The Tech - Online EditionMIT's oldest and largest
newspaper & the first
newspaper published
on the web
Boston Weather: 29.0°F | A Few Clouds

Capra's story of a good man in a bad town

Mr. Smith Goes to Washington

Directed by Frank Capra.

Written by Sidney Buchman.

Starring James Stewart, Jean Arthur, Claude Rains.

LSC Friday Classic.

Tonight in 10-250, 7:30 p.m.

By Stephen Brophy
Staff Reporter

Leni Reifenstahl lives in infamy because she propagandized for the German Nazi regime, but America's greatest propagandist, Frank Capra, still holds a special place in the hearts of his fellow citizens. The creator of Hollywood classics like It Happened One Night and It's a Wonderful Life, Capra raised schmaltz to a high art and created intoxicating idealizations of American life, emphasizing good old virtues like common sense, fair play, and equal justice for all. One of the most perfect of his propaganda pieces will play at LSC Classics tonight - Mr. Smith Goes to Washington.

An achingly young James Stewart plays an idealistic young man appointed to fill out the term of a recently expired senator. He's been chosen by the political machine of his state because they think that in his naivete he will be too swept up in the glories of the nation's capital to notice the slick deal involving an unnecessary dam they are trying to slip into an appropriations bill. Whitewater, anyone?

Unfortunately for them, Senator Smith wants to found a boys' camp on the same site the grafters want to inundate. And when he threatens to expose their machinations, they retaliate by trying to slime him with the reputation of grafter. What they don't take into account - what the bad guys in Capra movies always overlook - is that you can only pull the wool over they eyes of the little people for so long. And when they wake up and smell the coffee, they will overflow their banks like a flooding river and clean up everything in their path.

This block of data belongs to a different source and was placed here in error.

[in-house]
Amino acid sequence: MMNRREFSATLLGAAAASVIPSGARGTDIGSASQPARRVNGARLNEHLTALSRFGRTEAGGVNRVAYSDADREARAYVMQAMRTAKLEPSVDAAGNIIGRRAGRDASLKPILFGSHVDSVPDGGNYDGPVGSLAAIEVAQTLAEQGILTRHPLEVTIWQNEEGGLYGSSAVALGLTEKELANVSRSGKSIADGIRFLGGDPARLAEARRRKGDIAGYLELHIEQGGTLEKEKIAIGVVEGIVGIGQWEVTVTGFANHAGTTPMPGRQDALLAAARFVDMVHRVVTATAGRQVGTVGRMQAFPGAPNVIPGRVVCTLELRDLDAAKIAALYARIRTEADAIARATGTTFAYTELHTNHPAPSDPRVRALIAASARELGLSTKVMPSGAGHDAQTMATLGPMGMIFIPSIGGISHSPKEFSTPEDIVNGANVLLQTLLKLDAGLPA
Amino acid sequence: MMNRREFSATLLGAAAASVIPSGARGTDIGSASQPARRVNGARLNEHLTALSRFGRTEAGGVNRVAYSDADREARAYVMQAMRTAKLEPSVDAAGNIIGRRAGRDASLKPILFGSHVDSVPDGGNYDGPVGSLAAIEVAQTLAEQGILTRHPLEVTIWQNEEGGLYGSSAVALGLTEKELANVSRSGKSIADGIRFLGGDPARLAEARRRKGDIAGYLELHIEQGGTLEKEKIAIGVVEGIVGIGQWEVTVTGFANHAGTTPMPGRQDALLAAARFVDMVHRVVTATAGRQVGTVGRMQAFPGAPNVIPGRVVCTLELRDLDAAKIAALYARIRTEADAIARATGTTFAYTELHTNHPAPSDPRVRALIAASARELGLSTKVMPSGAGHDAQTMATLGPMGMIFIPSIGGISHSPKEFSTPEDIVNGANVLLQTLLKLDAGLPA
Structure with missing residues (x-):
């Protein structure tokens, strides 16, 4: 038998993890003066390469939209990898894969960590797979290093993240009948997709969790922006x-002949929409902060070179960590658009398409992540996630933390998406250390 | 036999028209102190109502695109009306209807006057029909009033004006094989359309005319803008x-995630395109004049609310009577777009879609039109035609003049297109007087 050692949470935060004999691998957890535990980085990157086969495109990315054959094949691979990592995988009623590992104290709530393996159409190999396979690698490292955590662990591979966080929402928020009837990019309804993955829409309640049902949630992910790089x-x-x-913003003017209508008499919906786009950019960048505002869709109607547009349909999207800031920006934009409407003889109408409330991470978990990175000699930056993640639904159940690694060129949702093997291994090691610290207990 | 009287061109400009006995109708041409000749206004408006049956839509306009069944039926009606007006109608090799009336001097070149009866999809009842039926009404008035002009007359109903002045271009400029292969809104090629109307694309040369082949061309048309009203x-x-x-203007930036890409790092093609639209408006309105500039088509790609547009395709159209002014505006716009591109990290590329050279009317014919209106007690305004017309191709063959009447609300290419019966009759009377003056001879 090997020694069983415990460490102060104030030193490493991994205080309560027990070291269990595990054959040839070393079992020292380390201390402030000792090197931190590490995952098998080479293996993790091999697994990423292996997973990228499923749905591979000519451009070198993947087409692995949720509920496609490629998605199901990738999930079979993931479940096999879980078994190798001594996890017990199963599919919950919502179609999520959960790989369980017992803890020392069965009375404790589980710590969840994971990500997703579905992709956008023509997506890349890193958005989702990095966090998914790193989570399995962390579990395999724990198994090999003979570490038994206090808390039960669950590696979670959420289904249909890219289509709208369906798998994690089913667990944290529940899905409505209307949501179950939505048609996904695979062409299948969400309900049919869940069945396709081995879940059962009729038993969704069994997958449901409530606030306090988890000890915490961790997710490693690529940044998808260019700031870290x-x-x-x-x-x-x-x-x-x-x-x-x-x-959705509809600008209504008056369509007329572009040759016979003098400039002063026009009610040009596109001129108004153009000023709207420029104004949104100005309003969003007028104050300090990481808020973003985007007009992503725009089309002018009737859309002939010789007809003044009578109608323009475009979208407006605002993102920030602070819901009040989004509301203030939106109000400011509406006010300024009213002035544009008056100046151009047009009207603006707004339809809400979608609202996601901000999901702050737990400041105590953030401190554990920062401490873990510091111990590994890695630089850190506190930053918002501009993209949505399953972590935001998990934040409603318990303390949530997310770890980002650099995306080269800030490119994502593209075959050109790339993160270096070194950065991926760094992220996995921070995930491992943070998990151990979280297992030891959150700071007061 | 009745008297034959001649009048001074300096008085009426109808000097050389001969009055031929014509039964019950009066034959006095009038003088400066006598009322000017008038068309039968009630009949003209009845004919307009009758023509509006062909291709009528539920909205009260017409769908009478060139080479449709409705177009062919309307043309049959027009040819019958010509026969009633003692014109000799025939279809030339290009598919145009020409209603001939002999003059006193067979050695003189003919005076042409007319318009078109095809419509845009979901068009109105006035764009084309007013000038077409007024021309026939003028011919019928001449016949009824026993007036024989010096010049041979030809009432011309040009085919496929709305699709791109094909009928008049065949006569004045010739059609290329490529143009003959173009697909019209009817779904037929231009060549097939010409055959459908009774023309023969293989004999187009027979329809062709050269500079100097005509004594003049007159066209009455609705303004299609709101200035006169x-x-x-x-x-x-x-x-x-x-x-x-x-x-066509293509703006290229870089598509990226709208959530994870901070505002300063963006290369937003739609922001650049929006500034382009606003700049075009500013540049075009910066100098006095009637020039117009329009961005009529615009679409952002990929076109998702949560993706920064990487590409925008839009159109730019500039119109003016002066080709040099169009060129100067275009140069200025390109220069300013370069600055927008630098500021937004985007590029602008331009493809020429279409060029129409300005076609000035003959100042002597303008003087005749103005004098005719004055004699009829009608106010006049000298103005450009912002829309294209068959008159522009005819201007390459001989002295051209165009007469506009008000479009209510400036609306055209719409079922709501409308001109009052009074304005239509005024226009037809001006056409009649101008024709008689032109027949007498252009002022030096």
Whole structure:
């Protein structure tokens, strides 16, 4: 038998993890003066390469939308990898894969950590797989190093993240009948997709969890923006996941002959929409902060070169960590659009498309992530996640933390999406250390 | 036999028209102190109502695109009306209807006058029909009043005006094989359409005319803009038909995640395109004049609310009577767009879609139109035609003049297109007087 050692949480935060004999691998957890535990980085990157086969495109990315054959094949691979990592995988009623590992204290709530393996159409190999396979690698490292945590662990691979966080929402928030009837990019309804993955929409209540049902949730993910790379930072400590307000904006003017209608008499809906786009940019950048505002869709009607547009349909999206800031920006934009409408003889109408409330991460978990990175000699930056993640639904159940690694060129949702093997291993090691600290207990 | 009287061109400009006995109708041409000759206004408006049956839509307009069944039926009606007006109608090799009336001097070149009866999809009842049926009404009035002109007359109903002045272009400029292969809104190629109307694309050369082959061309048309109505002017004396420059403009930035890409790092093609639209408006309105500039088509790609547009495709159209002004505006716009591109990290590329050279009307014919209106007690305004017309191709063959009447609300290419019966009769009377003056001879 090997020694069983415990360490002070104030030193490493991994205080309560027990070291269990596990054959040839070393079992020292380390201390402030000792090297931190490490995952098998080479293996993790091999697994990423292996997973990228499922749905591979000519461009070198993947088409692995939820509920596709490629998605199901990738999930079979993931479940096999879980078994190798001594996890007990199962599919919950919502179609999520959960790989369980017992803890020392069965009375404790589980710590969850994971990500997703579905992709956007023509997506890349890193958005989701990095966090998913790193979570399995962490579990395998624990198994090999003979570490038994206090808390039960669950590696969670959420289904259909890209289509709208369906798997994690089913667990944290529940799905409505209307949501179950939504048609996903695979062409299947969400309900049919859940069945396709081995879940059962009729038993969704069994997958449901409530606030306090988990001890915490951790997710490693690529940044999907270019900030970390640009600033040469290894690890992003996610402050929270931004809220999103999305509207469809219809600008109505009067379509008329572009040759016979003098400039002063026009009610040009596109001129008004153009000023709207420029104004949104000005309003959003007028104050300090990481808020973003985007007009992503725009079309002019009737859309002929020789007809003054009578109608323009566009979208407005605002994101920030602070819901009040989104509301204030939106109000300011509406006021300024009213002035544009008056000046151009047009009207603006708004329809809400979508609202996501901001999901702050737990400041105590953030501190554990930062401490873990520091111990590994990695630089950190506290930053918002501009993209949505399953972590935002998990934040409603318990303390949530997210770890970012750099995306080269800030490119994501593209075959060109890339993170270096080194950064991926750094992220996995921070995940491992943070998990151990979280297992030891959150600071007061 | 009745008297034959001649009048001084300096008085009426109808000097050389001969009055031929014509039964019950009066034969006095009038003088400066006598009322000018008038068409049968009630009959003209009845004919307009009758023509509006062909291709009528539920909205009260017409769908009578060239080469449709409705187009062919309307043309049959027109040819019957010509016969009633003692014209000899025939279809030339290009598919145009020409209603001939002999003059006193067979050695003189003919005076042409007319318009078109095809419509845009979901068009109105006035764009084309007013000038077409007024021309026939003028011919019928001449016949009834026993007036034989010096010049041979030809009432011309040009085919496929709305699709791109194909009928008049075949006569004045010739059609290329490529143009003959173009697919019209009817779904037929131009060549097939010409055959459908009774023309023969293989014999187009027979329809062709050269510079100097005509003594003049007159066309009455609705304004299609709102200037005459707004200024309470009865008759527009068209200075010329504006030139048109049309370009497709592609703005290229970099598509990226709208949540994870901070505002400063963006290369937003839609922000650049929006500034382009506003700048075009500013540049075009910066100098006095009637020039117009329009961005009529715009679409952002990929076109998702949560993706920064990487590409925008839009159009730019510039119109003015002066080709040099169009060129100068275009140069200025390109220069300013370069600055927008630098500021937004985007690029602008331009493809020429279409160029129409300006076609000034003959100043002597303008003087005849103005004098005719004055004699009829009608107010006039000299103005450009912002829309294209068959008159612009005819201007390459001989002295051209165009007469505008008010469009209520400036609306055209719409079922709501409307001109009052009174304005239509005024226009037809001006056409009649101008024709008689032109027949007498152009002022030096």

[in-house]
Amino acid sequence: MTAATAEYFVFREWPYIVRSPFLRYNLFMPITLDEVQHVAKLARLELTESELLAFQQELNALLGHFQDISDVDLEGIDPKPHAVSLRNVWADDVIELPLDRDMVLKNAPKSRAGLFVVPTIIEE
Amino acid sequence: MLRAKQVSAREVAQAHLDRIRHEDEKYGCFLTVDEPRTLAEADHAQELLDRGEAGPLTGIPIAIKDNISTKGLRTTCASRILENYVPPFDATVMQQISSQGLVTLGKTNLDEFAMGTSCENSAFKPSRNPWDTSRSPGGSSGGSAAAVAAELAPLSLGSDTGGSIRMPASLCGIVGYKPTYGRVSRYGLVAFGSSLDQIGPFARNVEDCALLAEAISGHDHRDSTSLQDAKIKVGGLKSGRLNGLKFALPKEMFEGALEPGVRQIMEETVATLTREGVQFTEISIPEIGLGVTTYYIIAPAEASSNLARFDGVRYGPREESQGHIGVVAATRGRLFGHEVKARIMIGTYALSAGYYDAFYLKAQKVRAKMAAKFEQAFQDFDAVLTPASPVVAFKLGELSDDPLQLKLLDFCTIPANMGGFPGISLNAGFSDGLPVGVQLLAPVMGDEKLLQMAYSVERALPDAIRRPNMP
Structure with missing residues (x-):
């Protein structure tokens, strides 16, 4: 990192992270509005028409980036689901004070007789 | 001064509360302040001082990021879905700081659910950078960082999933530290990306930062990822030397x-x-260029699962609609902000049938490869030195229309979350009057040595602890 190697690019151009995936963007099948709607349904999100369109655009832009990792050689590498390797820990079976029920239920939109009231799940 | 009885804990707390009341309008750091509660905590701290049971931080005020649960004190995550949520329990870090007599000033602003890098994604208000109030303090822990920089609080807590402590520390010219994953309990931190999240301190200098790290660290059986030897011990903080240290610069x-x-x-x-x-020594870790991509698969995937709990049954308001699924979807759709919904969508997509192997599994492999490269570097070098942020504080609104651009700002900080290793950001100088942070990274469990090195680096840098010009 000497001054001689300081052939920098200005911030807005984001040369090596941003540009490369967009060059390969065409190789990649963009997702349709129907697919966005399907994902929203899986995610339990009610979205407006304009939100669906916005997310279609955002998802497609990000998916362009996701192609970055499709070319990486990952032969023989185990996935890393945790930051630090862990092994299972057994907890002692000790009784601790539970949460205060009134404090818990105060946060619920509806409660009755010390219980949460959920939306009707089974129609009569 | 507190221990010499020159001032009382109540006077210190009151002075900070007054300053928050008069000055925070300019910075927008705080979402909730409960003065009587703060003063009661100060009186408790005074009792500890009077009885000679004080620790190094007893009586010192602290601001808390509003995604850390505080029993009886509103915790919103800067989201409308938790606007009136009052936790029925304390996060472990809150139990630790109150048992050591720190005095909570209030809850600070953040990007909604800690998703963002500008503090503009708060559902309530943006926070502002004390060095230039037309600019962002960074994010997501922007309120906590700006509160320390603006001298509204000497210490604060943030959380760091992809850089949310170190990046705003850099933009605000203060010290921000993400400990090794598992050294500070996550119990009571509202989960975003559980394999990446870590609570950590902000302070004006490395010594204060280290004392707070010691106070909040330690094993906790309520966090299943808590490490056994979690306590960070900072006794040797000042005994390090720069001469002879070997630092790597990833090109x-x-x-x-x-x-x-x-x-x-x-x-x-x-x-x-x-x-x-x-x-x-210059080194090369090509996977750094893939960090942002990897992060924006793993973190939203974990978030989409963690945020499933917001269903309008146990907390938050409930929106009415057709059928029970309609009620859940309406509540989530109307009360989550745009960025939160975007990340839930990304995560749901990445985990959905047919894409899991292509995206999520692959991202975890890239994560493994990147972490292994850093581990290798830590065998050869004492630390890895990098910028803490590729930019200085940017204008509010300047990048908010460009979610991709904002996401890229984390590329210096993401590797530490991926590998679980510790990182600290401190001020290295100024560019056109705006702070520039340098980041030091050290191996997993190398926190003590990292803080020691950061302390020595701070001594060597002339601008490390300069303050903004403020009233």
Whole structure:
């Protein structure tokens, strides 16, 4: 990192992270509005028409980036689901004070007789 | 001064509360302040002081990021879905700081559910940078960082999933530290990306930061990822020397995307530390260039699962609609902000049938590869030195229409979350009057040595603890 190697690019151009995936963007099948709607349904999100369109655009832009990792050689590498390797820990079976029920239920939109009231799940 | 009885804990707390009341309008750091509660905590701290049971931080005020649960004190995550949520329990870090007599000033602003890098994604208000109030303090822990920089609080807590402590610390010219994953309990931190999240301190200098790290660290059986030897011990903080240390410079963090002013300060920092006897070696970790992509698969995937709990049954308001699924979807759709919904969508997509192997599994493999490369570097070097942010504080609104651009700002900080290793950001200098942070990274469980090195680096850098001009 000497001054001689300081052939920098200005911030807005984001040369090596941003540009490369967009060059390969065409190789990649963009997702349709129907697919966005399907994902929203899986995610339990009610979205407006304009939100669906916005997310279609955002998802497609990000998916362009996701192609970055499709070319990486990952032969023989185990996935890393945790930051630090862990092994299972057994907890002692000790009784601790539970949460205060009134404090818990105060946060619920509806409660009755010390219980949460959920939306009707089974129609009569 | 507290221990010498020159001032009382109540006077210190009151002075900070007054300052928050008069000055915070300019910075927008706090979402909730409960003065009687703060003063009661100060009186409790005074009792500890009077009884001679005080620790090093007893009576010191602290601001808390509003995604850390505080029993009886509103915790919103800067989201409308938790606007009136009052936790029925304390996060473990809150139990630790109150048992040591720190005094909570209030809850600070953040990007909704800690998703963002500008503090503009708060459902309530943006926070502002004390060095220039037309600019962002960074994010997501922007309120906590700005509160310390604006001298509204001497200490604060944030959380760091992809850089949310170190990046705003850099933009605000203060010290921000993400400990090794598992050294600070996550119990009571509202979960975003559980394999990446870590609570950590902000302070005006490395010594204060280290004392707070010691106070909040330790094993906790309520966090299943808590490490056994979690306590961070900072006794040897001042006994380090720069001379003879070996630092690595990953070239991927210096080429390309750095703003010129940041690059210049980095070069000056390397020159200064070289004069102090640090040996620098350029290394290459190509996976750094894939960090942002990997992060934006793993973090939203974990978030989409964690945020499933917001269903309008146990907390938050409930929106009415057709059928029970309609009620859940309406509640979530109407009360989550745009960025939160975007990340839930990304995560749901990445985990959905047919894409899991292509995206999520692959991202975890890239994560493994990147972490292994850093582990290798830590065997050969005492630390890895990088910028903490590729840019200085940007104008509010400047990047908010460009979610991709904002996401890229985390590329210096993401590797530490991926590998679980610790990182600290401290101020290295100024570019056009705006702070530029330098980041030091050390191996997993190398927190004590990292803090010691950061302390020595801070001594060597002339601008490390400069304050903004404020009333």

That string of cliches might give you a pretty good idea of the content of Mr. Smith Goes to Washington, but it will not prepare you for the style. Because the truth is that Capra is a master filmmaker, and at his best he put together stories that sweep you up in their sentiments no matter how much cynical armor you wear. With Mr. Smith he is at the very top of his form. He gives our cynicism a voice by making Mr. Smith's secretary, Miss Saunders, a caustic witness to the Washington scene, then melts us as he lets her fall in love with her boss. He gives us a great idol with clay feet to look down on by making a regal Claude Rains the senior Senator from Mr. Smith's home state and showing him in the pocket of the machine.

Then he uses several of the finest character actors available in Hollywood to bring his idea of the common people to life. Beulah Bondi plays Mr. Smith's mother with her patented worried smile; Thomas Mitchell and Jack Carson are two newsmen who know too much but are still capable of being inspired. Edward Arnold plays the machine boss with oily conviction, and Eugene Pallette and William Demarest are two of his more able henchmen. Special notice has to go to Harry Carey, a silent movie cowboy star, who plays the President of the Senate. Capra uses him very effectively to make us still trust the system even as he exposes corruption within it.

Capra uses montage more effectively than anyone since Eisenstein to get across complex political emotions, having hired Slavko Vorkapich, Hollywood's pre-eminent montage artist, to create two minute condensations of the inspiring sites of Washington and of people uniting to do a big job. He also makes judicious use of cross-cutting to jack up the tension during some climactic moments. And he gets Dmitri Tiompkin to forego his usual bombastic European musical themes to use American patriotic hymns and folk songs to stirring effect.

The result of all this is an insidiously great movie that sweeps us along on an entertaining two-hour ride while convincing us that the way things ought to be is the way they actually are. Unfortunately, we know better. Still, Capra's immigrant view of America as the land of opportunity for all is not a vision we should reject just because America doesn't actually live up to it. One clear message of the movie is that only when people stand up for what they believe in are they able to change things for the better. We can't any longer swallow the movie's rosy platitudes, but we should still accept its challenge.